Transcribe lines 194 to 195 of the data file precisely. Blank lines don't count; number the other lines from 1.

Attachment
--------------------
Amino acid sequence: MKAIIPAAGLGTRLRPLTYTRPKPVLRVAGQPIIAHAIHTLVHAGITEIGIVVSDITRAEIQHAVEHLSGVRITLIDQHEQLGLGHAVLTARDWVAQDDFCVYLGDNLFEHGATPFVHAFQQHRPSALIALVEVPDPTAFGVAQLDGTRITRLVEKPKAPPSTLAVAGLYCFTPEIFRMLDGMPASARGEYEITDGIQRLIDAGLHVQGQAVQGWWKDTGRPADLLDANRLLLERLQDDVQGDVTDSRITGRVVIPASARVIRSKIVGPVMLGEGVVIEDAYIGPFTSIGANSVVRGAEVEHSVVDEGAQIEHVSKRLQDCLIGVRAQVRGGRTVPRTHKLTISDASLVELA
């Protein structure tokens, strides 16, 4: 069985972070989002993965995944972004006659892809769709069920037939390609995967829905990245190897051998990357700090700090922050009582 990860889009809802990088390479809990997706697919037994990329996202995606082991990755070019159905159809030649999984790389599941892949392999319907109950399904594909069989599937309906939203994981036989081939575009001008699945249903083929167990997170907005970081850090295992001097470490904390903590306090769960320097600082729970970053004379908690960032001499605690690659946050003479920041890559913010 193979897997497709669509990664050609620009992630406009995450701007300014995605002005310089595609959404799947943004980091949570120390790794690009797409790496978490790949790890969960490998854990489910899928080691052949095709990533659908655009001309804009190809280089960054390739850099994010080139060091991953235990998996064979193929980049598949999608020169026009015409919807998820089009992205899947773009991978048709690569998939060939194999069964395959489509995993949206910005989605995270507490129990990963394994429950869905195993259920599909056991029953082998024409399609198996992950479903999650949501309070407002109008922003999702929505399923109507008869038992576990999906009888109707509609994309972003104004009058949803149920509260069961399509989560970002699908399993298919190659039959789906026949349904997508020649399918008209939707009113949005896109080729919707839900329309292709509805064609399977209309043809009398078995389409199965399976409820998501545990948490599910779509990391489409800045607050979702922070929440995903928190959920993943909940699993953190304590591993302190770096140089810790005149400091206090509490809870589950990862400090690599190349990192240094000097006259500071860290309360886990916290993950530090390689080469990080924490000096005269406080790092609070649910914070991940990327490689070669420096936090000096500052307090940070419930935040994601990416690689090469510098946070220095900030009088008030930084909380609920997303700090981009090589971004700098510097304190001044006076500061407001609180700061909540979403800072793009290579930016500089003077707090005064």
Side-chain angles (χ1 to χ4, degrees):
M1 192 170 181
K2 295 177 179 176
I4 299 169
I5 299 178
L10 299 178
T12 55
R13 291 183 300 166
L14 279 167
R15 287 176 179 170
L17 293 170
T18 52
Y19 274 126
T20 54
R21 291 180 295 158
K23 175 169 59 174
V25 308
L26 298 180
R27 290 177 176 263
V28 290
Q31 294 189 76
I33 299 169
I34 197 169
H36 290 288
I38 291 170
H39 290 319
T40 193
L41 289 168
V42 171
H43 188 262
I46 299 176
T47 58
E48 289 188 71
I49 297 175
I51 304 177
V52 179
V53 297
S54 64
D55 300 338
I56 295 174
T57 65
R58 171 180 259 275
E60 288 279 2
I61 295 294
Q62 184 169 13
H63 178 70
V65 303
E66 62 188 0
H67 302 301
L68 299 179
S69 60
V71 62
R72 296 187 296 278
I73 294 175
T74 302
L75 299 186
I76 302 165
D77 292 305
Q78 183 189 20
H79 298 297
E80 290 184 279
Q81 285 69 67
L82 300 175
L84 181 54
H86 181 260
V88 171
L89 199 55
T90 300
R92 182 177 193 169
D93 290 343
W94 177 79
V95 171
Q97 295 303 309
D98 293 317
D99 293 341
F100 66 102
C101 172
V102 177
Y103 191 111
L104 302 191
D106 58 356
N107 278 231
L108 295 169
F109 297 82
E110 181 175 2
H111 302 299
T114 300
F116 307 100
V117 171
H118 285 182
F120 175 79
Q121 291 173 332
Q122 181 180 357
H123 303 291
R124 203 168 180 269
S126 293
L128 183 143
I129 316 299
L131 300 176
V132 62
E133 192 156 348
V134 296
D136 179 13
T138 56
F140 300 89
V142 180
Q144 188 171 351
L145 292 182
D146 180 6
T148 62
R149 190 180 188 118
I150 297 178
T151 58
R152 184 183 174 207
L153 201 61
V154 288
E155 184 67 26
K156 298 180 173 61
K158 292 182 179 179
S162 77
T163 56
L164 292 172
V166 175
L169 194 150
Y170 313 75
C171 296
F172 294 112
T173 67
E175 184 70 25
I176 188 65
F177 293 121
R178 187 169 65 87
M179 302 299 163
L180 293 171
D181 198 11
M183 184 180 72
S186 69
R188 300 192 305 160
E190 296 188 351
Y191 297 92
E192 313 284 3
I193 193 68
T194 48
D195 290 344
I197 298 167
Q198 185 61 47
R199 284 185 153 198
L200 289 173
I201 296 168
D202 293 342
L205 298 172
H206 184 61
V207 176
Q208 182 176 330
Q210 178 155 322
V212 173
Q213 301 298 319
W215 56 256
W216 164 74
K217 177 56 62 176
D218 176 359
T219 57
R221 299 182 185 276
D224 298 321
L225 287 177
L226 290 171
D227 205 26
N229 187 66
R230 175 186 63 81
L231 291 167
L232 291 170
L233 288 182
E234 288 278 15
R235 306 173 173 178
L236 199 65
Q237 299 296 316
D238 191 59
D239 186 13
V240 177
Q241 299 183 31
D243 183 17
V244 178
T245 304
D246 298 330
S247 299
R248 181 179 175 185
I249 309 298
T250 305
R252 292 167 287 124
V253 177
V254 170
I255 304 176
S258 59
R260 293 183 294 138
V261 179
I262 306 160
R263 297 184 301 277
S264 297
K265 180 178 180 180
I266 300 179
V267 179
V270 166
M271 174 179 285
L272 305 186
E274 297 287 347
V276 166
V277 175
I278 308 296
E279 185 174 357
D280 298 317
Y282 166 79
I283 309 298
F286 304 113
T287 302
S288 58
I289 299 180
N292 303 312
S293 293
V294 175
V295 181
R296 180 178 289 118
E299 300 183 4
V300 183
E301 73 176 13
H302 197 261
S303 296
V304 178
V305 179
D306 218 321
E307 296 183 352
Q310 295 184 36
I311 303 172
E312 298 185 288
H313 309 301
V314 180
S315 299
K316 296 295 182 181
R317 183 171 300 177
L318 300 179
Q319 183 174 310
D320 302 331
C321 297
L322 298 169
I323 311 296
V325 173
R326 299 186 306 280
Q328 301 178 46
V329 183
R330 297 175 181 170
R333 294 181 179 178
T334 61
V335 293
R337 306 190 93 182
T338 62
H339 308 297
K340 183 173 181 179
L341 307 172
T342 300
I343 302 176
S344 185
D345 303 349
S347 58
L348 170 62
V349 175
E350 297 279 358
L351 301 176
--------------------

I255 304 176
S258 59